What is a Mud Tank?

Mary McMahon
Mary McMahon

A mud tank is a large storage container used to hold reserves of drilling fluid, also known as drilling mud, for a drill rig. Drilling fluid is used to reduce friction on drill components to allow them to work harder and faster with less risk of breaking down. Numerous companies manufacture and refurbish mud tanks of various shapes and sizes for industrial use, and contractors who specialize in cleaning tanks and other drilling equipment are also available. The cost for tanks and associated services varies widely, especially when custom designs are involved.

Used drilling fluids are processed with specialized machines such as a shale shaker to ensure they are clean before being added back into the mud tank.
Used drilling fluids are processed with specialized machines such as a shale shaker to ensure they are clean before being added back into the mud tank.

Historically, pits in the ground near a well were used to hold drilling mud, and mud tanks are sometimes still referred to as mud pits in a reference to this. A modern mud tank is a large container, typically open topped and divided into several compartments. In some settings, a top may be used to reduce the risk of worker accidents, with a guard rail and a catwalk allowing people to look into the tank to check on the level and consistency of the drilling fluid.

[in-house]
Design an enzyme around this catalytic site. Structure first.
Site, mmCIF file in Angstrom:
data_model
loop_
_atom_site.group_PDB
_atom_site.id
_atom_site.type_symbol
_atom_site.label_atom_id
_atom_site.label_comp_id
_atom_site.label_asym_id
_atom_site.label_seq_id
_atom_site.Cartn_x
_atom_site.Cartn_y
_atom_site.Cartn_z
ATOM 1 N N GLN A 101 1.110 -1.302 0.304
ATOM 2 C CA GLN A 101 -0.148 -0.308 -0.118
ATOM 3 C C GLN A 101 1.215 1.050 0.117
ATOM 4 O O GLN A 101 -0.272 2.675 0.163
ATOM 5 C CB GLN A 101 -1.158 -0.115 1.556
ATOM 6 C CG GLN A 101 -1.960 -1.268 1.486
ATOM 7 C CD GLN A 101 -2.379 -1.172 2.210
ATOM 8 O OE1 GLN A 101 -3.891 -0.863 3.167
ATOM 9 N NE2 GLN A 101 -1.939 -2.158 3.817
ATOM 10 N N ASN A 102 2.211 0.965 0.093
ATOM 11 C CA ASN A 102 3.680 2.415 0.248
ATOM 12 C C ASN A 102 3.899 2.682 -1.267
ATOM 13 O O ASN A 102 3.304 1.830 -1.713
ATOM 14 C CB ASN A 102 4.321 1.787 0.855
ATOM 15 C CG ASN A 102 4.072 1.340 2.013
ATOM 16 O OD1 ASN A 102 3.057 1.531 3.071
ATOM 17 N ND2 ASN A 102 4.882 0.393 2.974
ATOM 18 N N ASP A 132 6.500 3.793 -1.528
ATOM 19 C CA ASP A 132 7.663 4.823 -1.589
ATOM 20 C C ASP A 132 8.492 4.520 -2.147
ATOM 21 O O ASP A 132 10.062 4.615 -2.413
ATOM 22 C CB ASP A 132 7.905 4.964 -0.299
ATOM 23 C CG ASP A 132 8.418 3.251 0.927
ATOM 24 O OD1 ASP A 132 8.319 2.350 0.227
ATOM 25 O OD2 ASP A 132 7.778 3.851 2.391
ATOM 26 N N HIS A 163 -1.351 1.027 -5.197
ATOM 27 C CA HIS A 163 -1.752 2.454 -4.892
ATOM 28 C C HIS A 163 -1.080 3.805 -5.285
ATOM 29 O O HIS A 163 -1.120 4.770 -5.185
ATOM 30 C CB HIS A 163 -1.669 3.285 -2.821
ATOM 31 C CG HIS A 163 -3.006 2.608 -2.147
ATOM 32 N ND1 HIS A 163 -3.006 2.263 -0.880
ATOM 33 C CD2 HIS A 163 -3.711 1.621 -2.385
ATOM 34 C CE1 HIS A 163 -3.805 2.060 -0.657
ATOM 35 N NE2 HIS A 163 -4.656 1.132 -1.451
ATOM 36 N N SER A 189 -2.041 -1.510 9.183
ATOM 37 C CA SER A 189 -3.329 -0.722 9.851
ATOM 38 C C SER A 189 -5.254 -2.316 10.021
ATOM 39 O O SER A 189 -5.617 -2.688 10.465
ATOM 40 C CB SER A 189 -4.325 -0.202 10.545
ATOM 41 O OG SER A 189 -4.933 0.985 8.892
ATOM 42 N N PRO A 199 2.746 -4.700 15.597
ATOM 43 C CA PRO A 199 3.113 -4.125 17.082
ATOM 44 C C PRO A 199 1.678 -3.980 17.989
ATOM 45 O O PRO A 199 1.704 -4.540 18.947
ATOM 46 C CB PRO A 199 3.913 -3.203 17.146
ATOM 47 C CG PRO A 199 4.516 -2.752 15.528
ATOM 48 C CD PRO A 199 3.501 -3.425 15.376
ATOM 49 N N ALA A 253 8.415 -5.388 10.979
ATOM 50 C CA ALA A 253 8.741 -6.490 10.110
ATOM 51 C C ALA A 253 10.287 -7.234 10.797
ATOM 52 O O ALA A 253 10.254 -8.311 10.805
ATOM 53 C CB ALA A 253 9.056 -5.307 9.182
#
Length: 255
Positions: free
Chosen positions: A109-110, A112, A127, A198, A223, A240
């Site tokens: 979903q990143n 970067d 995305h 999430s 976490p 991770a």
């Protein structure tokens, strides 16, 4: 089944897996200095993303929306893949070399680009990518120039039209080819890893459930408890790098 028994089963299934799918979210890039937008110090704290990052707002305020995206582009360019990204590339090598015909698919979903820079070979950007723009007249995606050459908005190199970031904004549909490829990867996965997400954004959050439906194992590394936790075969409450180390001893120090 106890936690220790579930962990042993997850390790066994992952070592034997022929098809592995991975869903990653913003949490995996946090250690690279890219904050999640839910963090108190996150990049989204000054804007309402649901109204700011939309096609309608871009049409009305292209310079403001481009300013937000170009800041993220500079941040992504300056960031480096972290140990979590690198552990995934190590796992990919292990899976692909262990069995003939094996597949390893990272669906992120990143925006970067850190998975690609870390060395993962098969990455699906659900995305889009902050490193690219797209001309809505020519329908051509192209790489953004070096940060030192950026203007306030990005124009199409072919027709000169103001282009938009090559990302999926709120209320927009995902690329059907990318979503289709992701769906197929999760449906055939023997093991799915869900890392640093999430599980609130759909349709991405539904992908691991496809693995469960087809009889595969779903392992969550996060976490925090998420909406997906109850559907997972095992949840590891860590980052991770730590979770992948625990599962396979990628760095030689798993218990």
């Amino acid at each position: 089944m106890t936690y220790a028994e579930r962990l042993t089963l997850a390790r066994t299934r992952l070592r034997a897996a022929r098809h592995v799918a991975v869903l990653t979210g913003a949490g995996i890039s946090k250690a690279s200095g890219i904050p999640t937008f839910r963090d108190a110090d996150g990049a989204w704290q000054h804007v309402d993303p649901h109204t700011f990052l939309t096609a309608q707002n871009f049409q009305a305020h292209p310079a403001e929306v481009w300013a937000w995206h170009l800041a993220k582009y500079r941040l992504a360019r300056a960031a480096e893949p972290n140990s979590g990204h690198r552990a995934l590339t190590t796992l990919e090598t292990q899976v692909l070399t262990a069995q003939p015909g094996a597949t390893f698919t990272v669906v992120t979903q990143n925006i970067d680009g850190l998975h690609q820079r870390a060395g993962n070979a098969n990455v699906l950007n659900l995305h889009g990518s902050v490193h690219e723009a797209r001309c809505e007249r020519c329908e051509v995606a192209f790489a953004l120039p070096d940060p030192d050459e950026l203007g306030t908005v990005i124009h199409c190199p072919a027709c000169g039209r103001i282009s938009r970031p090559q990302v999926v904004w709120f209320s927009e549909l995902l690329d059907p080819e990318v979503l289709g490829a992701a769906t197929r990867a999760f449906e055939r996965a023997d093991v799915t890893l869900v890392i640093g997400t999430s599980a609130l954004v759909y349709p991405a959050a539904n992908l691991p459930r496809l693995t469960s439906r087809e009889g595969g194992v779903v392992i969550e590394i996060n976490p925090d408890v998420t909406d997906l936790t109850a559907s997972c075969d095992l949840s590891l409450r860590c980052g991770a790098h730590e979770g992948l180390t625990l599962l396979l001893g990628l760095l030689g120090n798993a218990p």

New fluid can be periodically added, and components can be mixed in to change the formulation if it is deemed necessary. Drilling mud acts as a lubricant and coolant and the demands placed on it are very high. It is critical to maintain a steady supply at a drilling site to avoid shut downs. If a rig runs out of fluid, shutting it down temporarily can be extremely expensive.

Different mixtures of drilling fluid are used, depending on the type of drilling being done, the geology, and the equipment in use. The mud tank stores fluid for pumping over and through the drill. Mud tanks can also be set up to receive recycled drilling fluid, a common practice on many sites. In these situations, fluid is pumped back up from the drilling site, passed through a series of tanks to separate the fluid from rocks and other debris, and then routed back into a mud tank for storage.

These tanks can eventually become caked in drilling mud and may be corroded by components in the fluid. For this reason, companies periodically drain and clean out their tanks with pressure washers and other equipment. A large company many handle its own mud tank cleaning and maintenance, while smaller companies can call in a firm to clean their mud tanks and prepare them for continuing service in the field.

Mary McMahon
Mary McMahon

Ever since she began contributing to the site several years ago, Mary has embraced the exciting challenge of being a wiseGEEK researcher and writer. Mary has a liberal arts degree from Goddard College and spends her free time reading, cooking, and exploring the great outdoors.

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